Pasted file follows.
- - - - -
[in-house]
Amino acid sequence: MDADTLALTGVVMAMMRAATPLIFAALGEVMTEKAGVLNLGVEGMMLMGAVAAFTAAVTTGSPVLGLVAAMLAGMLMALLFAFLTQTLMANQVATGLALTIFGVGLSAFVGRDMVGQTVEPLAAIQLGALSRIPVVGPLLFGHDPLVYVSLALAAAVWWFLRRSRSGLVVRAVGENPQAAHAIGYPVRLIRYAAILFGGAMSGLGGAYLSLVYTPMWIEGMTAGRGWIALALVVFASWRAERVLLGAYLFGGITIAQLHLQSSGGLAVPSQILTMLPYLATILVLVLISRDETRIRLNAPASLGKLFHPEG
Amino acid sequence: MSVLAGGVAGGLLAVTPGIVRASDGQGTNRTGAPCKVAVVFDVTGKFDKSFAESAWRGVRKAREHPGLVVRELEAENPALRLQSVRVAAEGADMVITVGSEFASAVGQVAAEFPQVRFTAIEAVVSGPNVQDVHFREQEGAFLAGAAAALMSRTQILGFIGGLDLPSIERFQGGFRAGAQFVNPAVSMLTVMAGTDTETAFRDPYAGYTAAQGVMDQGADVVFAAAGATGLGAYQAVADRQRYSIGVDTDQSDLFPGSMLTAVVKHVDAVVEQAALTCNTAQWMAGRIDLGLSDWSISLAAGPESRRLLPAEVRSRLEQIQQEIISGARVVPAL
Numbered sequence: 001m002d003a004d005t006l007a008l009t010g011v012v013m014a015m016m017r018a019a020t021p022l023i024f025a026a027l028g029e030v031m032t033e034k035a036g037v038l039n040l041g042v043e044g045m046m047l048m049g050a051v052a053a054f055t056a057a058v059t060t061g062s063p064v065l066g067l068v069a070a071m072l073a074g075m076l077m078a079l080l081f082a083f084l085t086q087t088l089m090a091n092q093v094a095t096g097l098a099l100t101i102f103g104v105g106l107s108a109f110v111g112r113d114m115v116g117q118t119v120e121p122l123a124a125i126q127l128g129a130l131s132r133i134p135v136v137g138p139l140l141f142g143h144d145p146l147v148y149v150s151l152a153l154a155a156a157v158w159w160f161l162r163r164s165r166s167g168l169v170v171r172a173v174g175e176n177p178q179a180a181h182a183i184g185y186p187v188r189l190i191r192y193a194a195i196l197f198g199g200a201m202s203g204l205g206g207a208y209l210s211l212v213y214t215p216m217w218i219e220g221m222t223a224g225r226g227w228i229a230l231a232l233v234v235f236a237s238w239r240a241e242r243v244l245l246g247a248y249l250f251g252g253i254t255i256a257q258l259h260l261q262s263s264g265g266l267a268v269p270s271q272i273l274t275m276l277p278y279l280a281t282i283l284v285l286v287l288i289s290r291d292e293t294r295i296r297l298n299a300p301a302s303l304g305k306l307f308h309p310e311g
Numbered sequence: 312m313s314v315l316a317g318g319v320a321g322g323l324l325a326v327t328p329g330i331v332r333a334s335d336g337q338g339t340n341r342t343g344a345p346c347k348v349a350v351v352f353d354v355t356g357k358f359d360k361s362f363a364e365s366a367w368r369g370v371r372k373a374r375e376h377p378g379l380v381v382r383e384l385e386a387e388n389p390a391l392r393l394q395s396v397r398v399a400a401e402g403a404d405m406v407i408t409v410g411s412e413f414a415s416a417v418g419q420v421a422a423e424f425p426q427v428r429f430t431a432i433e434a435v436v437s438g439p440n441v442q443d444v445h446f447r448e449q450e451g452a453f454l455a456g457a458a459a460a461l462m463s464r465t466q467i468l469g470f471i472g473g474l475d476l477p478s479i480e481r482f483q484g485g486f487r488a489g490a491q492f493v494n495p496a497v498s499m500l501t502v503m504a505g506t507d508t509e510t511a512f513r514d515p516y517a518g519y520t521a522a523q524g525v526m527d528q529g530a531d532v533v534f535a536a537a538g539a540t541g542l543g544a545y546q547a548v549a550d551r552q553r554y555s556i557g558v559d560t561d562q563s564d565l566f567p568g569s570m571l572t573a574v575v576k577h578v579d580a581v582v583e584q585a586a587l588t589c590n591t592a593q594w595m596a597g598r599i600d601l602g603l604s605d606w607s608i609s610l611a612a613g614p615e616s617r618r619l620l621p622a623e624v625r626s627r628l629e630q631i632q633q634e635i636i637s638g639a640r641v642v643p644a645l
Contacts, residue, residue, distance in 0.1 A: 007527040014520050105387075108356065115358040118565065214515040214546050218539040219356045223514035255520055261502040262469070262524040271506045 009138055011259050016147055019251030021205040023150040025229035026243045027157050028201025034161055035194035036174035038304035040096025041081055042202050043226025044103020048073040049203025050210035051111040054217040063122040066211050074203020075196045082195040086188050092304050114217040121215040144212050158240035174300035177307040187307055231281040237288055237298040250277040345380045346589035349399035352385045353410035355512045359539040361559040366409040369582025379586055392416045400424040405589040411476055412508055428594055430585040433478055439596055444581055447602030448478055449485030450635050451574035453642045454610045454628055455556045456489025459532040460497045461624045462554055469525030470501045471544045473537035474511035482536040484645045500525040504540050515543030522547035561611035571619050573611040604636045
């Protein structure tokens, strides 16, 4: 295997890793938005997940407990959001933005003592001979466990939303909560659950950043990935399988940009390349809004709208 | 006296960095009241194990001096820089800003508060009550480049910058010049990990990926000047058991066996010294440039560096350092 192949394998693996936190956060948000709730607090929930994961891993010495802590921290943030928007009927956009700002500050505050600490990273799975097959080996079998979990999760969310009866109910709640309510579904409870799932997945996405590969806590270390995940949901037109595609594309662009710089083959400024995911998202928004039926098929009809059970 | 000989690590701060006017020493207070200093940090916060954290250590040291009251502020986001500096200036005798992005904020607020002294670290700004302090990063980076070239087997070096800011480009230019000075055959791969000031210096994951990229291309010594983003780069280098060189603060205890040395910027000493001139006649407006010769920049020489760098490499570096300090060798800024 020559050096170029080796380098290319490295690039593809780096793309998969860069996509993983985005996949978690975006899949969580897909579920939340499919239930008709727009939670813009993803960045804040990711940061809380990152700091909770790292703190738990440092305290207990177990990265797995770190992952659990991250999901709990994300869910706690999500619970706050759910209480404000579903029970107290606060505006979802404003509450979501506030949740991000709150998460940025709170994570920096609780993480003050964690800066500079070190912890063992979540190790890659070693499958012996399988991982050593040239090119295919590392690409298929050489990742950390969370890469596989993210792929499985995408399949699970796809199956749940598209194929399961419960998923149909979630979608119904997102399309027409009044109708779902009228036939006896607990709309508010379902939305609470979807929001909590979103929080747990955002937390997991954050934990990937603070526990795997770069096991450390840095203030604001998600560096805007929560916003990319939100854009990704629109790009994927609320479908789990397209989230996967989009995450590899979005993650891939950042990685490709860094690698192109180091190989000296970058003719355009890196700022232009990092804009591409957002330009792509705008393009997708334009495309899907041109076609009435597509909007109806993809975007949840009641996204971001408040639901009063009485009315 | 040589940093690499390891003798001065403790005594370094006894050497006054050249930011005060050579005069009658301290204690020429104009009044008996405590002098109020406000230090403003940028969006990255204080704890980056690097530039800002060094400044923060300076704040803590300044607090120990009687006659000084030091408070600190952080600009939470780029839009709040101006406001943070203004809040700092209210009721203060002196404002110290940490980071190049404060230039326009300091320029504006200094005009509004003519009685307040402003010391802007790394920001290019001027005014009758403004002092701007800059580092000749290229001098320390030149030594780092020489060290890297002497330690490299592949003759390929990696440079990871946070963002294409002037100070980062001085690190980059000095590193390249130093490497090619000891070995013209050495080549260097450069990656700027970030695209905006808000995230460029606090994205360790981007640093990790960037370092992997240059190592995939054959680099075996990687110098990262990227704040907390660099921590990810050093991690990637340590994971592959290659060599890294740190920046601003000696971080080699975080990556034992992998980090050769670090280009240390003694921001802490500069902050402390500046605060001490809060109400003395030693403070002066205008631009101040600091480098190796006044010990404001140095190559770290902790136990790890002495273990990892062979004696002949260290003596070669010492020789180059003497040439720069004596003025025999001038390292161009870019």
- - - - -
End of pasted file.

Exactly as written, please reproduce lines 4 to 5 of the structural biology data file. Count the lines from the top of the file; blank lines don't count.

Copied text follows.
Numbered sequence: 001m002d003a004d005t006l007a008l009t010g011v012v013m014a015m016m017r018a019a020t021p022l023i024f025a026a027l028g029e030v031m032t033e034k035a036g037v038l039n040l041g042v043e044g045m046m047l048m049g050a051v052a053a054f055t056a057a058v059t060t061g062s063p064v065l066g067l068v069a070a071m072l073a074g075m076l077m078a079l080l081f082a083f084l085t086q087t088l089m090a091n092q093v094a095t096g097l098a099l100t101i102f103g104v105g106l107s108a109f110v111g112r113d114m115v116g117q118t119v120e121p122l123a124a125i126q127l128g129a130l131s132r133i134p135v136v137g138p139l140l141f142g143h144d145p146l147v148y149v150s151l152a153l154a155a156a157v158w159w160f161l162r163r164s165r166s167g168l169v170v171r172a173v174g175e176n177p178q179a180a181h182a183i184g185y186p187v188r189l190i191r192y193a194a195i196l197f198g199g200a201m202s203g204l205g206g207a208y209l210s211l212v213y214t215p216m217w218i219e220g221m222t223a224g225r226g227w228i229a230l231a232l233v234v235f236a237s238w239r240a241e242r243v244l245l246g247a248y249l250f251g252g253i254t255i256a257q258l259h260l261q262s263s264g265g266l267a268v269p270s271q272i273l274t275m276l277p278y279l280a281t282i283l284v285l286v287l288i289s290r291d292e293t294r295i296r297l298n299a300p301a302s303l304g305k306l307f308h309p310e311g
Numbered sequence: 312m313s314v315l316a317g318g319v320a321g322g323l324l325a326v327t328p329g330i331v332r333a334s335d336g337q338g339t340n341r342t343g344a345p346c347k348v349a350v351v352f353d354v355t356g357k358f359d360k361s362f363a364e365s366a367w368r369g370v371r372k373a374r375e376h377p378g379l380v381v382r383e384l385e386a387e388n389p390a391l392r393l394q395s396v397r398v399a400a401e402g403a404d405m406v407i408t409v410g411s412e413f414a415s416a417v418g419q420v421a422a423e424f425p426q427v428r429f430t431a432i433e434a435v436v437s438g439p440n441v442q443d444v445h446f447r448e449q450e451g452a453f454l455a456g457a458a459a460a461l462m463s464r465t466q467i468l469g470f471i472g473g474l475d476l477p478s479i480e481r482f483q484g485g486f487r488a489g490a491q492f493v494n495p496a497v498s499m500l501t502v503m504a505g506t507d508t509e510t511a512f513r514d515p516y517a518g519y520t521a522a523q524g525v526m527d528q529g530a531d532v533v534f535a536a537a538g539a540t541g542l543g544a545y546q547a548v549a550d551r552q553r554y555s556i557g558v559d560t561d562q563s564d565l566f567p568g569s570m571l572t573a574v575v576k577h578v579d580a581v582v583e584q585a586a587l588t589c590n591t592a593q594w595m596a597g598r599i600d601l602g603l604s605d606w607s608i609s610l611a612a613g614p615e616s617r618r619l620l621p622a623e624v625r626s627r628l629e630q631i632q633q634e635i636i637s638g639a640r641v642v643p644a645l